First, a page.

The Green Mile (1999) – Movie Review

The Green Mile movie poster

Written and Directed by: Frank Darabont, based on the novel by Stephen King
Starring: Tom Hanks, David Morse, Michael Clarke Duncan, James Cromwell, Michael Jeter

My Advice: Matinee

Paul Edgecomb (Dabbs Greer) is an old man with a strange past, which gives him plenty of sleepless nights. When he finally begins to crack a bit about the edges, his friend Elaine (Eve Brent) becomes concerned, so he finally unburdens his tale upon her. It so happens that during the Depression, when Paul was younger (Hanks), he was a prison guard on death row. This particular row was known as The Green Mile. His life, and the life of his co-workers, is changed forever when a hulking giant of a man, John Coffey (Duncan), is brought in for execution.

Add another title to the list of good King cinematic adaptations. In fact, were it not for the attention the novel garnered when it was first published in serialized form, this would surprise the same cinemagoers who could not believe King brought us the basis for Stand By Me and Shawshank Redemption. It’s so unlike him, they would say… not an undead shambling thing to be found. Well, surprise and get over it. King is a masterful storyteller, and when his game is on… it is on with a vengeance, no matter the subject.

Why so much talk of King’s prose? Well, it’s been brought to life with little alteration by screenwriter/director Darabont, who appears to hit the nail on the proverbial head… for the second time running. His directing and style is as solid as it is effective. Of course, he gets by with a little help from his friends… namely, the top notch dead-on acting ensemble which contains no weak links. None. Heading up everything is Hanks, who it’s obvious works very hard to make his roles look, on the surface at least, effortless. His work is always a joy to witness. Right behind him is Duncan, who manages to capture the essence of the character’s selflessness and makes us believe that a mountain such as he could really be afraid of the dark. Other standouts include David Morse delivering his role as another prison guard, “Brutal,” so well that you wonder where he’s been hiding. Great character actor Michael Jeter, a true SDI fave, plays the cajun Delacroix.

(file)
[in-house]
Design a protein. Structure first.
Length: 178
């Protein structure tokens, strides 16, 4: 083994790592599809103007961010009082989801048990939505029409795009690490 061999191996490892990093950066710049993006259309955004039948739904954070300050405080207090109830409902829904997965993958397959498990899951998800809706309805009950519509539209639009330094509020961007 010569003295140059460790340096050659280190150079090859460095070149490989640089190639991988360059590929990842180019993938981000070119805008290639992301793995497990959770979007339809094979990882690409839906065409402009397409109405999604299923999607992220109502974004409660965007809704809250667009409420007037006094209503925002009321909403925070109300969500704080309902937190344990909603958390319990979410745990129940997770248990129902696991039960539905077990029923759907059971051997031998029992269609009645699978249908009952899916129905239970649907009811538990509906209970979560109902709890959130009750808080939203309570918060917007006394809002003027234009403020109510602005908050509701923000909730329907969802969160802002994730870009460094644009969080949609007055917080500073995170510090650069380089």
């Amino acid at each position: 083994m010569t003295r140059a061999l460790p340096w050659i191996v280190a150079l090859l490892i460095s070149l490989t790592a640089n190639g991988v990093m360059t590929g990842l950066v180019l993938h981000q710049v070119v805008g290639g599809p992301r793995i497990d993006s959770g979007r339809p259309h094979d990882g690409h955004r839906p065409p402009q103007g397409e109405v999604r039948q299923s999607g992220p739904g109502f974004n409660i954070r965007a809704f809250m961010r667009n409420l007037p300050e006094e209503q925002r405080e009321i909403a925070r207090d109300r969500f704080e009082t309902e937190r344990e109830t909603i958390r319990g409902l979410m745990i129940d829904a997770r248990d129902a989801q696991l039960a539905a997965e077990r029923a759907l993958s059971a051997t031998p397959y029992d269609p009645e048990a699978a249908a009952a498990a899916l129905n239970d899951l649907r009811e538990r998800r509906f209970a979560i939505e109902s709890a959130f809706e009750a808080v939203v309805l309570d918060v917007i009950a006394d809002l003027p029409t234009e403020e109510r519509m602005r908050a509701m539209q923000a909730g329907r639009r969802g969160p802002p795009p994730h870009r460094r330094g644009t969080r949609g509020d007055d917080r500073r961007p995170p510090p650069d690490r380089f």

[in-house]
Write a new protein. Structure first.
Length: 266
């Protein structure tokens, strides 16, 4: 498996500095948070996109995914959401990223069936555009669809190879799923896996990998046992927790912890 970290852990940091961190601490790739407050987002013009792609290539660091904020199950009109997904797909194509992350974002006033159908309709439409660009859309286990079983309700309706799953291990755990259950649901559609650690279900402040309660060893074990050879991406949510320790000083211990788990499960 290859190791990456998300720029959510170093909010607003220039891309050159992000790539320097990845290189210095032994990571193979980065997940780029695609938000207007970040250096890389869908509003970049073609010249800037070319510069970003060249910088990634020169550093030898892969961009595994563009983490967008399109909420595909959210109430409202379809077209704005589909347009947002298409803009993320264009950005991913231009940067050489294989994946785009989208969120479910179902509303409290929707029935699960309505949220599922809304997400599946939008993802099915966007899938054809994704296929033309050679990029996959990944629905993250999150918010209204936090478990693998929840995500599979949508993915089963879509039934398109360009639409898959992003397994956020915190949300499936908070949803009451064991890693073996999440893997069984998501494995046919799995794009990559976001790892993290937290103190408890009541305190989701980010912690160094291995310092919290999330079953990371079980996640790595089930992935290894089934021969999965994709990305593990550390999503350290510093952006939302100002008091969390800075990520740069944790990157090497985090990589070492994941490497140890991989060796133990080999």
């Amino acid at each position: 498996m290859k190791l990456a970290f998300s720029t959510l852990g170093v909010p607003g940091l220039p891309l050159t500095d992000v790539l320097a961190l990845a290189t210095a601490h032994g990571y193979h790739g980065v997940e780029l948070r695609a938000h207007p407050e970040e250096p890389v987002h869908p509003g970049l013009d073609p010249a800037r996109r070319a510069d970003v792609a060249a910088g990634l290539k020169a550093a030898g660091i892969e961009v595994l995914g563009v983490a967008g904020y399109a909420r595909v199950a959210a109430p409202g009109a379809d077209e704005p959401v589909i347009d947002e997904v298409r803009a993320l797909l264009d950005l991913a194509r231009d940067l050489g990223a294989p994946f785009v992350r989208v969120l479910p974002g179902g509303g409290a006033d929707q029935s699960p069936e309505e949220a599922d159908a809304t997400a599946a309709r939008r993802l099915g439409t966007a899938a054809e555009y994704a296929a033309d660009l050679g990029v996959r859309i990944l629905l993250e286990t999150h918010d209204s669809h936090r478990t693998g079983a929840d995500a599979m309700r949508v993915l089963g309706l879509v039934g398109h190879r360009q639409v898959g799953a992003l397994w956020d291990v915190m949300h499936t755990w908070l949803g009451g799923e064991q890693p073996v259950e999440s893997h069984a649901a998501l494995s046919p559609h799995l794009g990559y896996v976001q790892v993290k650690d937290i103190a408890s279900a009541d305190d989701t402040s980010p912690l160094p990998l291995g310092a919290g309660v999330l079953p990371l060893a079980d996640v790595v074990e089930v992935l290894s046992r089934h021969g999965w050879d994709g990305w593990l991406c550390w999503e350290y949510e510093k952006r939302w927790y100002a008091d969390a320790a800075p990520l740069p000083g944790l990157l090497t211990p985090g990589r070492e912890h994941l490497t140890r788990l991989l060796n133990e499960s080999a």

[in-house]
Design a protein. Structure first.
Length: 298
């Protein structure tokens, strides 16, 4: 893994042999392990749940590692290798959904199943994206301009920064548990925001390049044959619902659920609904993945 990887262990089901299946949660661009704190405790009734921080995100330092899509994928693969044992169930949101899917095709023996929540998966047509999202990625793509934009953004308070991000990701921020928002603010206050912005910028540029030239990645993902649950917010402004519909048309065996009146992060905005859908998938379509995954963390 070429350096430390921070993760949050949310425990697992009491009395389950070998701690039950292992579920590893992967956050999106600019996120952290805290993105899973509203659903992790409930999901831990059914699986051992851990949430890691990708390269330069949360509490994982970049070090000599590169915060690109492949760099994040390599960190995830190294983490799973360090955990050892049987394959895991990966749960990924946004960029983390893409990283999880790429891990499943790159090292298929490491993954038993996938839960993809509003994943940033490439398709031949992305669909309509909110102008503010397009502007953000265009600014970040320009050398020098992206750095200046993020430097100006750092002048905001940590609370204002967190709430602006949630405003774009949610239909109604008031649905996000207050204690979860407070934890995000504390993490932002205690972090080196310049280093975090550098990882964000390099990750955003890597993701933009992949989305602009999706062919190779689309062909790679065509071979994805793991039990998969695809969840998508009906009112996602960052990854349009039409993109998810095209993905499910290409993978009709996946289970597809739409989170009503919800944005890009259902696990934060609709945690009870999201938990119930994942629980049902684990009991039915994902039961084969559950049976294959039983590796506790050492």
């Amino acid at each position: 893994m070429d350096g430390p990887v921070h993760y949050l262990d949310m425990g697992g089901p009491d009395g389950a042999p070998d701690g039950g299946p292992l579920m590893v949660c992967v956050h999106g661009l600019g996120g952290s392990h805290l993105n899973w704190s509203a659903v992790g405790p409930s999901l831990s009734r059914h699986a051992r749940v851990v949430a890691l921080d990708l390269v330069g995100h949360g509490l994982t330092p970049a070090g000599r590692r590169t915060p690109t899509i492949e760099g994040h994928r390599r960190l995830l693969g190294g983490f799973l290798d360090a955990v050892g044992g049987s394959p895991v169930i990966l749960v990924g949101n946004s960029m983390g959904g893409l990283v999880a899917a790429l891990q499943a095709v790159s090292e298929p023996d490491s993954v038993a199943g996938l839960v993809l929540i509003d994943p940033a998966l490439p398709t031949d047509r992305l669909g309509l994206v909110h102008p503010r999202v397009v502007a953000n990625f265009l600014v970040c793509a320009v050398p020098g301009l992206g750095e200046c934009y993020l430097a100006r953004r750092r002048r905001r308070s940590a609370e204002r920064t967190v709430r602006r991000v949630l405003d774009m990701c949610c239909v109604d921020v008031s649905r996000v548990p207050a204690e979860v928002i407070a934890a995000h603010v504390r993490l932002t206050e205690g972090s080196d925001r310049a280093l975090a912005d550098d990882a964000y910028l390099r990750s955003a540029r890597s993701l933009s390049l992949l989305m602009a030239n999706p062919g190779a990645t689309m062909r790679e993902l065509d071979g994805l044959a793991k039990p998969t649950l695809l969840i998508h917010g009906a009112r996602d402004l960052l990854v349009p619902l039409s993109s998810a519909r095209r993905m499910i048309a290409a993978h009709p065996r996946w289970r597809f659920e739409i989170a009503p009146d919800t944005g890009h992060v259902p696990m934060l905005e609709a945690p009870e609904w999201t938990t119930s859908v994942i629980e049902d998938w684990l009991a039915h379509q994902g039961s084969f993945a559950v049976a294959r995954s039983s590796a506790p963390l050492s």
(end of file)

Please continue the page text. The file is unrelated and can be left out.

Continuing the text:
If there is any beef with this film, it’s that it leans toward the long side. Of course, in the shadow of Titanic, three hours and a bit is no longer so strange. But it’s always in how that time is handled. In this case, I got the feeling that certain scenes could have been tightened up to keep one’s ass from dozing. Regardless of this concern, it’s still a fine film that’s emotionally engaging without being out and out pandering. See it on the big screen to maximize impact.

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By | 2011-11-08T09:16:11+00:00 December 11th, 1999|Reviews|0 Comments

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